I’ll read anything Ellen Potter writes. For lots of reasons. First, I think she’s truly creative. She finds a way to take her stories in unexpected, fresh and bold directions. Second, she writes books that have a lovely blend of humor and heart, light and dark. Third, she pays attention to language. Her description is right on, never heavy or overdone. I could keep going, but for the sake of getting to her latest book, let’s just say, if you haven’t yet had the pleasure of reading any of Potter’s books, you’ve got some good reading ahead of you.
The first thing about The Kneebone Boy that I loved is the cover. One word? Awesome. Two words? Kid appeal. Three words? Artist Jason Chan. If that artwork doesn’t get kids scrambling over each other to pull the book from the library shelf, I don’t know what would. Just wait until they start reading, because the voice is immediately captivating.
It’s the story of the Hardscrabble siblings: Otto, Lucia and Max. They are kind of weird, to be honest, or perhaps it’s just that they are misunderstood. Anyway, not much happens in their town so they are pretty excited when their father sends them off to London to stay with their aunt. Things go way beyond exciting when it turns out their aunt is away on holiday, which means the kids begin a Proper Adventure. They end up in a seaside town where there may be a strange creature who is half boy half animal. But that’s not all that is strange in Snoring-by-the-Sea. It turns out that the village holds the key to their own family secret.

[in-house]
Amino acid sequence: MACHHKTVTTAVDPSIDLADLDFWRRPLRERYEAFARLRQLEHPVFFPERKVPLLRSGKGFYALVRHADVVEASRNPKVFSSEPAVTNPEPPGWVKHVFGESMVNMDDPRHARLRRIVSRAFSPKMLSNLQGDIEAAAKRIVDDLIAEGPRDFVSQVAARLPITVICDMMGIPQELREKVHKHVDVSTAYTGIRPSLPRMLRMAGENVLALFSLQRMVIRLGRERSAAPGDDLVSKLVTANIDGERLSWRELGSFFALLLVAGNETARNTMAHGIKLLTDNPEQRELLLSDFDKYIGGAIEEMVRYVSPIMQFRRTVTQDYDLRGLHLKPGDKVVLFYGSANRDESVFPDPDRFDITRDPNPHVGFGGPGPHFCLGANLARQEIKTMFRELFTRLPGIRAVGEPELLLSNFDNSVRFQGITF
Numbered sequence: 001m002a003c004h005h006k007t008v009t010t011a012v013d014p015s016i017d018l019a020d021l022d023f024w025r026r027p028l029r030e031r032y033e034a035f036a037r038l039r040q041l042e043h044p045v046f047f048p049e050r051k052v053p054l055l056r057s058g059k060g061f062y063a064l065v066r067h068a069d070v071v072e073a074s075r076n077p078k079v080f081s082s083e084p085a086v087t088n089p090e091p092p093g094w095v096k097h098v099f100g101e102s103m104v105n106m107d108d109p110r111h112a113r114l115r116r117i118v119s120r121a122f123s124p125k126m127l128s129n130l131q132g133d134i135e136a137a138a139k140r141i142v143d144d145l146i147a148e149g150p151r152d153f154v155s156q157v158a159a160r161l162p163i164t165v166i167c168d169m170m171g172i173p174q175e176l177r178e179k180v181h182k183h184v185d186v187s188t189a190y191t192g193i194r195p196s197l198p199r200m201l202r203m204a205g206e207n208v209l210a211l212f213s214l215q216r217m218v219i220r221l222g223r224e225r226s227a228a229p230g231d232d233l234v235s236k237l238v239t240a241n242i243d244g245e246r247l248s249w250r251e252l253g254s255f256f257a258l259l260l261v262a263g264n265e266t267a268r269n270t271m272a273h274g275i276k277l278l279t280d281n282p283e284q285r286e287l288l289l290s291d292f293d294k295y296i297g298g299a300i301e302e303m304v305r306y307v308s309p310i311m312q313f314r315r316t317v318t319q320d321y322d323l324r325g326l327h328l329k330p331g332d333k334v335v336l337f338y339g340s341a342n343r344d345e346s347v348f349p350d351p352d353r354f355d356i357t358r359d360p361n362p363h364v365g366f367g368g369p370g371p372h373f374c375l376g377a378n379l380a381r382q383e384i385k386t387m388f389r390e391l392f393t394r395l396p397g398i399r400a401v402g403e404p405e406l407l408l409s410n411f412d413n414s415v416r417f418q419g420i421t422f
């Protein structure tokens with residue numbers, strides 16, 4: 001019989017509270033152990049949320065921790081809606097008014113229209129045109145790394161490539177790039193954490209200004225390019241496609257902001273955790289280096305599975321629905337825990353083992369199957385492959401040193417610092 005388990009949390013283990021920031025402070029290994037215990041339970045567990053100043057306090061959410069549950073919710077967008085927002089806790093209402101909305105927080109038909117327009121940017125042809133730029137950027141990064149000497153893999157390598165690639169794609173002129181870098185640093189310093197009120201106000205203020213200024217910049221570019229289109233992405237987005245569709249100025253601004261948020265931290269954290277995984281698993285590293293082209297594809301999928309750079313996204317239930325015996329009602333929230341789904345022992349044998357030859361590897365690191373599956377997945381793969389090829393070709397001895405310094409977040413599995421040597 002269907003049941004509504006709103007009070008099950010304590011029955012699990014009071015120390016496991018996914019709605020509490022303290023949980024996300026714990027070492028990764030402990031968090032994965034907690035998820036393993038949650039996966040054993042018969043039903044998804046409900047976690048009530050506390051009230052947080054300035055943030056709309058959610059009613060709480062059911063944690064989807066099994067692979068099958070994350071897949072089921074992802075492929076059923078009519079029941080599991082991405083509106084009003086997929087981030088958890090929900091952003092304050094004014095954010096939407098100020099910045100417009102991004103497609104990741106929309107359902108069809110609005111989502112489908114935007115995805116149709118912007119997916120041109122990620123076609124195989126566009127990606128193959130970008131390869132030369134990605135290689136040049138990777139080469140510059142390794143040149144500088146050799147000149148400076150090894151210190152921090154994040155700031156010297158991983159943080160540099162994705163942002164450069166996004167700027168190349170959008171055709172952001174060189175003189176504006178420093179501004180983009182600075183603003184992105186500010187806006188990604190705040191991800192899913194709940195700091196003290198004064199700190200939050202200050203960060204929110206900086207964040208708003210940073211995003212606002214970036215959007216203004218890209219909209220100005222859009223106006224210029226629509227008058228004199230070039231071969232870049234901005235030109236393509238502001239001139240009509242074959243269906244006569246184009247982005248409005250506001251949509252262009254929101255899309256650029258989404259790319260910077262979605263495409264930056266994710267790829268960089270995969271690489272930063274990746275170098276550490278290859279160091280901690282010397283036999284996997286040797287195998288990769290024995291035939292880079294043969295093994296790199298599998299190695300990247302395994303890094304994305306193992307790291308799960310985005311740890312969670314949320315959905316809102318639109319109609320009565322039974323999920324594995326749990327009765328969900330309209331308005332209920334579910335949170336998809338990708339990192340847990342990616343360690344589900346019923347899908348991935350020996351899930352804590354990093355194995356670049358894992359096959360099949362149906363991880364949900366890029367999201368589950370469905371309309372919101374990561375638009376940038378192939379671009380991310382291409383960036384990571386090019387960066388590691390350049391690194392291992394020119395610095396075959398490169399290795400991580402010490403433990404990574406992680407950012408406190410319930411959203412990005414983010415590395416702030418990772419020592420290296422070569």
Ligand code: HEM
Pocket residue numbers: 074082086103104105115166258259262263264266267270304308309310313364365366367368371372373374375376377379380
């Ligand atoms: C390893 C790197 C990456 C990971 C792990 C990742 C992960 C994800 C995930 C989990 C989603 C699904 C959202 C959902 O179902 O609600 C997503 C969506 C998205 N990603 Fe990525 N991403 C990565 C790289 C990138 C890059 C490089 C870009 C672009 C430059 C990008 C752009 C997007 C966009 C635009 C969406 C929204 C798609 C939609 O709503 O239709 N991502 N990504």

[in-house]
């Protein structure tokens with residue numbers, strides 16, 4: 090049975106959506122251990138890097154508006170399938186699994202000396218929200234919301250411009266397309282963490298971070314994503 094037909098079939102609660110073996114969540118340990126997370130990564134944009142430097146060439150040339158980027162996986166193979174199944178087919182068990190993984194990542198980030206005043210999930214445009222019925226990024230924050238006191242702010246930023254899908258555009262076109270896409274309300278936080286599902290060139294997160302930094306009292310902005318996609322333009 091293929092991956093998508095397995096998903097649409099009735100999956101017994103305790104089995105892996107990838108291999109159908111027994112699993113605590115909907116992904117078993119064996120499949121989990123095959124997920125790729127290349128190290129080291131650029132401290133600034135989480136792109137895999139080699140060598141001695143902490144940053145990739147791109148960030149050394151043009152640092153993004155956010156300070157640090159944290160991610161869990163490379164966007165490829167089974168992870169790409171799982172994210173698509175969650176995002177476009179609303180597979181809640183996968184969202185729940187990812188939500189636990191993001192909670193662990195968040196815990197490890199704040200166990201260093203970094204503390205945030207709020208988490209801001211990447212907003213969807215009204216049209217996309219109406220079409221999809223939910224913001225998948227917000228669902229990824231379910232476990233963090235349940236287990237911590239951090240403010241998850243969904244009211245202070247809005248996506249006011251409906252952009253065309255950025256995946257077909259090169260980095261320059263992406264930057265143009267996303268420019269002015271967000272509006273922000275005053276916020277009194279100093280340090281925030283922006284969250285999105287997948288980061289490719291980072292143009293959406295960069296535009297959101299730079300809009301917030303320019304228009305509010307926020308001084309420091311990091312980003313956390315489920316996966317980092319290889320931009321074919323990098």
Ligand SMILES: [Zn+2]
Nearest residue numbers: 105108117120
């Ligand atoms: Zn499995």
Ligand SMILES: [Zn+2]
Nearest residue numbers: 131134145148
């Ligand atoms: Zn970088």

The novel is narrated by one of the Hardscrabbles, but you don’t know which one. I think Lucia. I loved the voice – a little sarcastic, funny and bright. All of the Hardscrabble children come through as complex, appealing and wonderfully quirky, but also very much as realistic children. You’ll enjoy every moment of this tale, guaranteed. The book is about imperfect families, secrets, the way to the truth, stories and how to have an adventure.
I was over at Ellen’s blog the other day where she shares the initial inspiration for Otto, aka the boy in the scarf. Check it out.
The Kneebone Boy is cheeky, heartwarming, clever, sharp, dark, and funny. You know you’re reading an Ellen Potter book when all of that comes together in a single, utterly creative and happy-making package.
The Kneebone Boy is published by Feiwel and Friends.